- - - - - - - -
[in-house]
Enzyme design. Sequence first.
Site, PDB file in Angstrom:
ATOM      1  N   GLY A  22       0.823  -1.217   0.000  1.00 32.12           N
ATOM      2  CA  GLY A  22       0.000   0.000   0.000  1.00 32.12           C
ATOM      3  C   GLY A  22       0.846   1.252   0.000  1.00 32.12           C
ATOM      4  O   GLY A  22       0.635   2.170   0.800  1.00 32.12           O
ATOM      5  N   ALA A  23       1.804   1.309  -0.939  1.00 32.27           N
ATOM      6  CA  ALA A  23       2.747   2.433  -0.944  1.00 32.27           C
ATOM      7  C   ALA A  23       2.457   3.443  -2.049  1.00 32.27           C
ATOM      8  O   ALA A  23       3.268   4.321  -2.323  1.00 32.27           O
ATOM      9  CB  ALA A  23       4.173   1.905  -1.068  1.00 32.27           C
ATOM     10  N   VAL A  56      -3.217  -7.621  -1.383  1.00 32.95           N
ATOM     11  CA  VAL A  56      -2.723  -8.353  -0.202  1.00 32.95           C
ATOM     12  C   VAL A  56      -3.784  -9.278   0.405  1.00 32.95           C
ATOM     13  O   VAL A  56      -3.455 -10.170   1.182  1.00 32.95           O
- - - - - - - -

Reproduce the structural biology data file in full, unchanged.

[in-house]
Enzyme design. Sequence first.
Site, PDB file in Angstrom:
ATOM      1  N   GLY A  22       0.823  -1.217   0.000  1.00 32.12           N
ATOM      2  CA  GLY A  22       0.000   0.000   0.000  1.00 32.12           C
ATOM      3  C   GLY A  22       0.846   1.252   0.000  1.00 32.12           C
ATOM      4  O   GLY A  22       0.635   2.170   0.800  1.00 32.12           O
ATOM      5  N   ALA A  23       1.804   1.309  -0.939  1.00 32.27           N
ATOM      6  CA  ALA A  23       2.747   2.433  -0.944  1.00 32.27           C
ATOM      7  C   ALA A  23       2.457   3.443  -2.049  1.00 32.27           C
ATOM      8  O   ALA A  23       3.268   4.321  -2.323  1.00 32.27           O
ATOM      9  CB  ALA A  23       4.173   1.905  -1.068  1.00 32.27           C
ATOM     10  N   VAL A  56      -3.217  -7.621  -1.383  1.00 32.95           N
ATOM     11  CA  VAL A  56      -2.723  -8.353  -0.202  1.00 32.95           C
ATOM     12  C   VAL A  56      -3.784  -9.278   0.405  1.00 32.95           C
ATOM     13  O   VAL A  56      -3.455 -10.170   1.182  1.00 32.95           O